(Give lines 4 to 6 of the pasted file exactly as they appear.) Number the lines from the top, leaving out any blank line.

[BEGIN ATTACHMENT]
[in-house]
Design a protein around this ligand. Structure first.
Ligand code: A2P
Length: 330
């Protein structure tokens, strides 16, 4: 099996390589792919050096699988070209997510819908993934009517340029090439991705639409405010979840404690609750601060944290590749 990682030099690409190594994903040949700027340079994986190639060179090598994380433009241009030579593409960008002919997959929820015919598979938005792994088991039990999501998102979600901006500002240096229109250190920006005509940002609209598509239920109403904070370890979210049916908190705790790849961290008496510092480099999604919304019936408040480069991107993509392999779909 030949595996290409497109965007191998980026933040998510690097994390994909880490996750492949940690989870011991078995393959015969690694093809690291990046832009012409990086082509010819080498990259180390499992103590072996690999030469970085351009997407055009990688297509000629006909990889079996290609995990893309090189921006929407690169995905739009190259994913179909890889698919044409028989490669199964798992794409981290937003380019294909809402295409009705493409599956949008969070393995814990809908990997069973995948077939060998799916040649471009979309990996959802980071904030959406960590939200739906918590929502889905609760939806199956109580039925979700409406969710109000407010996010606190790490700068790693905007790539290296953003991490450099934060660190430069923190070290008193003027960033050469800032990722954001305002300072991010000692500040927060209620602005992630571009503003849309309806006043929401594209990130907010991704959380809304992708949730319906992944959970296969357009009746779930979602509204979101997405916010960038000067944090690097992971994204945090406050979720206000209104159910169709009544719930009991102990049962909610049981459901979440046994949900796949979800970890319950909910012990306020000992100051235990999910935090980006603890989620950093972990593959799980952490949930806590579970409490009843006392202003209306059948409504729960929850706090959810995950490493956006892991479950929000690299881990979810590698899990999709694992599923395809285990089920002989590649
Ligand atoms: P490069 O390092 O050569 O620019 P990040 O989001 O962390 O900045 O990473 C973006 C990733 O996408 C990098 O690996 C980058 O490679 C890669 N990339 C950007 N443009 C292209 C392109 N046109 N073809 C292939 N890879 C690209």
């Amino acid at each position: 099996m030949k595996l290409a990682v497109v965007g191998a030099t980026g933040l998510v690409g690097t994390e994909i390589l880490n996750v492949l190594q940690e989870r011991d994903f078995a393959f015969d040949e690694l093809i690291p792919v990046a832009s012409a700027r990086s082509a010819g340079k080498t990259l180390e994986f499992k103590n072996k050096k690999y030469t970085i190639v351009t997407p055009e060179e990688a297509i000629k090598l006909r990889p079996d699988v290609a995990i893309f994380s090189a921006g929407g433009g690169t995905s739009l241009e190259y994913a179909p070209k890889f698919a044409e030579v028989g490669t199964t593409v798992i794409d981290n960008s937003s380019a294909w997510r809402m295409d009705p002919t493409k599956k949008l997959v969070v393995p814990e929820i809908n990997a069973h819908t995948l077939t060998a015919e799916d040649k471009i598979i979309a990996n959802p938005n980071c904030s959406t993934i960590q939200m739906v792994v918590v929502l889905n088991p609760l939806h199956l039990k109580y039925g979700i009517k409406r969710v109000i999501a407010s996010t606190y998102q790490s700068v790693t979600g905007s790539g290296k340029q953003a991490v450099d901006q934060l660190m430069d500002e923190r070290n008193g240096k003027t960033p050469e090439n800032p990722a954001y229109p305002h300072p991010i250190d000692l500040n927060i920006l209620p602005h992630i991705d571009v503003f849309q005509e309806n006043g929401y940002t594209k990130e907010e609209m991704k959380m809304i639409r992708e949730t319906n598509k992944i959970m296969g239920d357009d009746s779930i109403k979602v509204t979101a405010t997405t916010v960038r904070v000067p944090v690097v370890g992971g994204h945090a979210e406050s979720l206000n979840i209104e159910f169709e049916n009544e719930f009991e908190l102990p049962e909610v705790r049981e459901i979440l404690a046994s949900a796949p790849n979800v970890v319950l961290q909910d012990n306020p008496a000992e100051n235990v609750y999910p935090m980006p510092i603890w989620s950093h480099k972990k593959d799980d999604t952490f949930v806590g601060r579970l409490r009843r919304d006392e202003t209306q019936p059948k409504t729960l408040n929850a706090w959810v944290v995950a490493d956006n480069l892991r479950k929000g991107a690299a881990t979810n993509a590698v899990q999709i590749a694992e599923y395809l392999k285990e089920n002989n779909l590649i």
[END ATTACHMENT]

Length: 330
């Protein structure tokens, strides 16, 4: 099996390589792919050096699988070209997510819908993934009517340029090439991705639409405010979840404690609750601060944290590749 990682030099690409190594994903040949700027340079994986190639060179090598994380433009241009030579593409960008002919997959929820015919598979938005792994088991039990999501998102979600901006500002240096229109250190920006005509940002609209598509239920109403904070370890979210049916908190705790790849961290008496510092480099999604919304019936408040480069991107993509392999779909 030949595996290409497109965007191998980026933040998510690097994390994909880490996750492949940690989870011991078995393959015969690694093809690291990046832009012409990086082509010819080498990259180390499992103590072996690999030469970085351009997407055009990688297509000629006909990889079996290609995990893309090189921006929407690169995905739009190259994913179909890889698919044409028989490669199964798992794409981290937003380019294909809402295409009705493409599956949008969070393995814990809908990997069973995948077939060998799916040649471009979309990996959802980071904030959406960590939200739906918590929502889905609760939806199956109580039925979700409406969710109000407010996010606190790490700068790693905007790539290296953003991490450099934060660190430069923190070290008193003027960033050469800032990722954001305002300072991010000692500040927060209620602005992630571009503003849309309806006043929401594209990130907010991704959380809304992708949730319906992944959970296969357009009746779930979602509204979101997405916010960038000067944090690097992971994204945090406050979720206000209104159910169709009544719930009991102990049962909610049981459901979440046994949900796949979800970890319950909910012990306020000992100051235990999910935090980006603890989620950093972990593959799980952490949930806590579970409490009843006392202003209306059948409504729960929850706090959810995950490493956006892991479950929000690299881990979810590698899990999709694992599923395809285990089920002989590649
Ligand atoms: P490069 O390092 O050569 O620019 P990040 O989001 O962390 O900045 O990473 C973006 C990733 O996408 C990098 O690996 C980058 O490679 C890669 N990339 C950007 N443009 C292209 C392109 N046109 N073809 C292939 N890879 C690209």